About half the country identifies as Christian, while the other half is comprised of Jewish, Catholic, Buddhist, Muslim, or Hindu. It seems every type of religion is practiced in America and new belief systems are being born. In Portland, Oregon, there is even a 24 hour Church of Elvis!
English is the main language with Spanish and Chinese following, but most every language and culture is represented somewhere. However, there are different dialects, accents, idioms, and slang that vary between the states. The most well known accents are in the south, Boston, Minnesota and the Dakotas, and New York City. All courses, unless foreign language courses, are taught in English. Most programs will require an English proficiency test for acceptance in the program.
In America, one item can be called many different things depending on who you talk to. A couch can be a sofa or a futon. In the south, especially Texas, when ordering non-alcoholic drinks at a restaurant, any type of soda is automatically a Coke. Then, the waiter or waitress will ask what kind of Coke (Fanta, Sprite, Dr. Pepper, etc). In other parts of the country, it is called a soda or a pop.
Currency is made of the U.S. dollar and cents. One dollar is comprised of 100 cents. There are four coins: penny (1 cent), nickel (5 cents), dime (10 cents), and quarter (25 cents). Bills are in one, five, ten, 20, 50, and 100 dollar increments. Food and clothing are relatively inexpensive compared to Europe, even organic food.
Festivals celebrate food, nationalities, arts, and ways of life in every state. South by Southwest (SXSW) in Austin, TX and Lollapalooza in Chicago, IL are two of the biggest music festivals in the country while the winter X Games attract many extreme sports fans to Aspen, CO. Americans love to celebrate.
American football, basketball, baseball, and hockey are the more popular spectator sports both at the professional and collegiate level. Many universities will have intramural sport teams for students in softball, basketball, volleyball, water polo, soccer, and many more. It is easy to get involved in recreational athletics.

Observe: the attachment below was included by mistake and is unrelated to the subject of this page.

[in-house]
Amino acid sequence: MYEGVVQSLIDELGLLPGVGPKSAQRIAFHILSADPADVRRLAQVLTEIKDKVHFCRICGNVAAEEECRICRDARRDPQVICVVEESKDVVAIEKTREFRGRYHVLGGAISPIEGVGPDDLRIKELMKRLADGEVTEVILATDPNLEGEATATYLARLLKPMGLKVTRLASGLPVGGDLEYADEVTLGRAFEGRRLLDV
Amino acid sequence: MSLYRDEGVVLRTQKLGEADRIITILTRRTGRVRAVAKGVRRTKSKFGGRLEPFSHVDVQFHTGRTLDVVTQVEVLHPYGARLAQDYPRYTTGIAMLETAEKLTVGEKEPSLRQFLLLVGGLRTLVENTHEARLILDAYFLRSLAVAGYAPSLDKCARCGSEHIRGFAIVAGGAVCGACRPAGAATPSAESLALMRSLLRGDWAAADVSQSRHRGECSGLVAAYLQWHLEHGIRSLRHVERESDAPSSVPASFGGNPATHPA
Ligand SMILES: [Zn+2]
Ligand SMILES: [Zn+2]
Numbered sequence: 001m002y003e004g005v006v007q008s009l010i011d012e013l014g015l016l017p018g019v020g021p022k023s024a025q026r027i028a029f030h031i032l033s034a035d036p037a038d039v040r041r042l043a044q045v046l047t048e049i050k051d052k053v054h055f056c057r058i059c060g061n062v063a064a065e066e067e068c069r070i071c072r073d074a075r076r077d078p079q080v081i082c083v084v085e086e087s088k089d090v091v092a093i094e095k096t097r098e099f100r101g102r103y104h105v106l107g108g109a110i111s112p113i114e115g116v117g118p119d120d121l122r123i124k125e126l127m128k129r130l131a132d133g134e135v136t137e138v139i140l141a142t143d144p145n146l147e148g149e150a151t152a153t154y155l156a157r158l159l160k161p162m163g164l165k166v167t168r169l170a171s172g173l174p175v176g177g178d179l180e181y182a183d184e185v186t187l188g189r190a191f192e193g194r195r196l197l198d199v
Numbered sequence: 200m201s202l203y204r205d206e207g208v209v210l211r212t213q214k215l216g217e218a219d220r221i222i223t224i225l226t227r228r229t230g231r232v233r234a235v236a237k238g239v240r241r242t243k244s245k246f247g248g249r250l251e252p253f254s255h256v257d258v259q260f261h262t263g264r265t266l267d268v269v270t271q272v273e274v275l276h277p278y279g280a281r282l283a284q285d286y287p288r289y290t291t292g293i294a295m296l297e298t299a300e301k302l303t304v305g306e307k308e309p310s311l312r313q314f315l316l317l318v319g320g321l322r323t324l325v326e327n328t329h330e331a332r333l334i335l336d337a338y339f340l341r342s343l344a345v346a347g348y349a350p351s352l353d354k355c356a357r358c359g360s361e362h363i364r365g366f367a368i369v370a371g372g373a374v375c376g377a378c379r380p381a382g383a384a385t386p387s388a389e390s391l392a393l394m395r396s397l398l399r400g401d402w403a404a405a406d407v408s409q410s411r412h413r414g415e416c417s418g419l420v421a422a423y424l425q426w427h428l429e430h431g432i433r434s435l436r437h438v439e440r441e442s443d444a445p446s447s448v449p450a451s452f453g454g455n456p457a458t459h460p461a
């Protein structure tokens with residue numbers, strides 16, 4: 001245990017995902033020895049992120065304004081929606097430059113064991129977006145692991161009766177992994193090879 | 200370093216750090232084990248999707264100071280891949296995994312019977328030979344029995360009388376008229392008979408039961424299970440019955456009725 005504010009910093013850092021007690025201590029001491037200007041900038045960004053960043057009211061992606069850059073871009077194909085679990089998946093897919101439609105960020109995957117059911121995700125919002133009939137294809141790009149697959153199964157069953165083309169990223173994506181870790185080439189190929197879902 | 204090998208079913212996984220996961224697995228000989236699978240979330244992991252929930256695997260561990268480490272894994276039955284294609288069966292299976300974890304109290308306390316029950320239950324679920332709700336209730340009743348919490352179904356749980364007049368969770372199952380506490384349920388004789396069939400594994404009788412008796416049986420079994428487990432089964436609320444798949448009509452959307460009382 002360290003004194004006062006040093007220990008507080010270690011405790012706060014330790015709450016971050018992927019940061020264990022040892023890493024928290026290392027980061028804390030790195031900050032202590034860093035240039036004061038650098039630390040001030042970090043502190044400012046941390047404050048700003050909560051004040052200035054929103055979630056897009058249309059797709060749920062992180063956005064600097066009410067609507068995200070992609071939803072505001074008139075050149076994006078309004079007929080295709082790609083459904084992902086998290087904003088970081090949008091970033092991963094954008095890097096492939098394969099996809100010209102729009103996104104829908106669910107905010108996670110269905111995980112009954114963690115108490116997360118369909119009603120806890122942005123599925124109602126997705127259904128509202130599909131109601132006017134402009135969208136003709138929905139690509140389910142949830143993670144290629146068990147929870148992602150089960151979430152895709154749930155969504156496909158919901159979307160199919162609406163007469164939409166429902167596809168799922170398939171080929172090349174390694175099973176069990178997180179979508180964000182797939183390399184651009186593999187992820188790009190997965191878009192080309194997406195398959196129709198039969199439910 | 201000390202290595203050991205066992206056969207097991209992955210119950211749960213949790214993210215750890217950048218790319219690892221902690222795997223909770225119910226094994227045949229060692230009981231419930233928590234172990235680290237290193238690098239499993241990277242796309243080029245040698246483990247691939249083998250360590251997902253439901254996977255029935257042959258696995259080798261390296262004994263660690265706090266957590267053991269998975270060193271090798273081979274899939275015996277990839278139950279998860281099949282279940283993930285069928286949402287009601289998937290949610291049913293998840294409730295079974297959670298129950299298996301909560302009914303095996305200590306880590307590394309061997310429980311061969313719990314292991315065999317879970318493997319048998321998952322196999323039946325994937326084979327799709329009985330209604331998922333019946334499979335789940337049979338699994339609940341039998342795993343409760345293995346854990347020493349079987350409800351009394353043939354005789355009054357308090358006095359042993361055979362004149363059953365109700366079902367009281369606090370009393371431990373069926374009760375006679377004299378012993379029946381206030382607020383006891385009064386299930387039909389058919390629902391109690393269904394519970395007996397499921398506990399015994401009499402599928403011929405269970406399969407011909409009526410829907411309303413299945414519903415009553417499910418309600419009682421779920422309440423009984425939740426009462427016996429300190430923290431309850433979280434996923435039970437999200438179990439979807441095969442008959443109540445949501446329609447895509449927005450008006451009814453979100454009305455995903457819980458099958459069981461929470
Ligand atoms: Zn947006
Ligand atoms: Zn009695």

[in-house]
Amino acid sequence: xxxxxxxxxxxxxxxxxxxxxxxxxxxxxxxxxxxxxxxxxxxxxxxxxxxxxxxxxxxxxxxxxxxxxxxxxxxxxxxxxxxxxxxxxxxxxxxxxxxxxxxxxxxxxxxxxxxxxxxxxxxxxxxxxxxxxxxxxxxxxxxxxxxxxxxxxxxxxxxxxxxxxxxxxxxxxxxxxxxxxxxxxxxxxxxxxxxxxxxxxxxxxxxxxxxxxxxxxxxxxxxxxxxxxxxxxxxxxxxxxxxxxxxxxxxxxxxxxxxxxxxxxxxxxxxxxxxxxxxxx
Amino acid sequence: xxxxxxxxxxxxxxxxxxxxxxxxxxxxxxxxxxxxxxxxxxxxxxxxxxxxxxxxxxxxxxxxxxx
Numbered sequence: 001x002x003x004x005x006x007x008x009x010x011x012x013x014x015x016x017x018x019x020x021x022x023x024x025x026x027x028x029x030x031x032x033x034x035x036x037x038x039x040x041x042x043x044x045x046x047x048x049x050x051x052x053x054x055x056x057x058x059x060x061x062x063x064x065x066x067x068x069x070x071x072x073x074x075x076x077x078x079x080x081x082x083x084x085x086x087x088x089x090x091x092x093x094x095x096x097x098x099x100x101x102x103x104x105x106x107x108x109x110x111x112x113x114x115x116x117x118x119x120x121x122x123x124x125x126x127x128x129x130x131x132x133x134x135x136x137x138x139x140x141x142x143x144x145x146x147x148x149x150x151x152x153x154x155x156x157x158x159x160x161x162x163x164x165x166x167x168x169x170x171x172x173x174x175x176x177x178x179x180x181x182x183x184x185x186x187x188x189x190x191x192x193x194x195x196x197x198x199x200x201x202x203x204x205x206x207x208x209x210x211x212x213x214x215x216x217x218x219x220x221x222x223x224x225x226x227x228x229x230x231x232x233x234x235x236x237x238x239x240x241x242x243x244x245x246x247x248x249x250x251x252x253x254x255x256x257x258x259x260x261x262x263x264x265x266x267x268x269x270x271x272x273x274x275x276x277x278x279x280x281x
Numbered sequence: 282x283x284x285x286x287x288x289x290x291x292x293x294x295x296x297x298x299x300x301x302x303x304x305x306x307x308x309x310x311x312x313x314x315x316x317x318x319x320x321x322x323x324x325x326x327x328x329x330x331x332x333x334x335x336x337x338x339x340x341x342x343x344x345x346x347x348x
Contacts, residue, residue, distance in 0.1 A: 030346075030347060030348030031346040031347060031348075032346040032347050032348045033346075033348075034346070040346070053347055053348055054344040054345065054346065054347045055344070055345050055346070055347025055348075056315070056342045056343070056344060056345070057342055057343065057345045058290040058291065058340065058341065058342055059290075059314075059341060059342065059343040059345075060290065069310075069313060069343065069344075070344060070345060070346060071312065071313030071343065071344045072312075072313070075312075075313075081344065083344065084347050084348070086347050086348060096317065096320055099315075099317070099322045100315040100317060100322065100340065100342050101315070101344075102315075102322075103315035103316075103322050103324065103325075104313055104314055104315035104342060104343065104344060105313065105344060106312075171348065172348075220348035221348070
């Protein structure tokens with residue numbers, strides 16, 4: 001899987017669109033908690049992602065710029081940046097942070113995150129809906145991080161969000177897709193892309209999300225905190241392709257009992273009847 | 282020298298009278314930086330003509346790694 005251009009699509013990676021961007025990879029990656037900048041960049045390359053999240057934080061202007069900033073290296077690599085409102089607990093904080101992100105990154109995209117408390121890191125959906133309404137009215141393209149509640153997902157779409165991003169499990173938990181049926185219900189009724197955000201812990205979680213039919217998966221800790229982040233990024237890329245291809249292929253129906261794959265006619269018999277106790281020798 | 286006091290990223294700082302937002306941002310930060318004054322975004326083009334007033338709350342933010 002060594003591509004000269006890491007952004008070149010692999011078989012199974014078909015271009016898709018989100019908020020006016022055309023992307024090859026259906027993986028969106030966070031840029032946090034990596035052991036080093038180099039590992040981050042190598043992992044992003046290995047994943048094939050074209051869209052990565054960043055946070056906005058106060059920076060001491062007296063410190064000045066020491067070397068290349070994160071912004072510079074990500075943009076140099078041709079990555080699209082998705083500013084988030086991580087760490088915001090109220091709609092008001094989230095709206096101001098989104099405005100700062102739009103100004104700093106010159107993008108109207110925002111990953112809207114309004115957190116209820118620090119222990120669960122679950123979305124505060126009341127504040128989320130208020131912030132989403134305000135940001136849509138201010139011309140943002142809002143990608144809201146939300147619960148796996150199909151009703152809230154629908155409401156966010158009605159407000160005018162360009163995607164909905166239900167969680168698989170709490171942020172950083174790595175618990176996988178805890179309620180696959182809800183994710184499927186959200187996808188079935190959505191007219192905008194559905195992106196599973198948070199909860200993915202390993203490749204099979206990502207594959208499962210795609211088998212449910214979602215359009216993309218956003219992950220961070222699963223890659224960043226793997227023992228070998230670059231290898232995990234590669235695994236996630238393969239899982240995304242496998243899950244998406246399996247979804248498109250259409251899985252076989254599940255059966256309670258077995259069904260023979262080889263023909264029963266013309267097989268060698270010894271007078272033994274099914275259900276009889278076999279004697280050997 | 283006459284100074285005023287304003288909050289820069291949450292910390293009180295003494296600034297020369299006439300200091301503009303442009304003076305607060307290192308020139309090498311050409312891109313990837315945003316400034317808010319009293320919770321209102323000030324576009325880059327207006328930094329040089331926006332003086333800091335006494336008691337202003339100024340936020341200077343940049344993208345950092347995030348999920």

International visitors coming into the United States who intend to study at an accredited university for any length of time will require a student visa. After acceptance to the university, international students will be enrolled in the Student and Exchange Information System with a fee and an I-20 form. Students also have to attend a US Embassy/Consulate for a visa interview with all the necessary documents. The requirements change for each country and are likely to change so be sure to research the requirements for your homeland.
International students usually stay in a shared dorm on campus. There is usually one other person in the dorm room and either a shared bathroom with the room next door or a community bathroom in the hall. Some universities have specific international student apartments on or close to campus. International students have access to the university’s international offices as well as any of the advisors for the major.
In college towns and urban areas, many amenities are within walking distance. Some universities have a partnership with local transportation and offer free bus and subway for students with an ID from the university. The student ID will also allow access to home university sporting events for free and discounts at many locations such as: restaurants, shops, and movie theaters.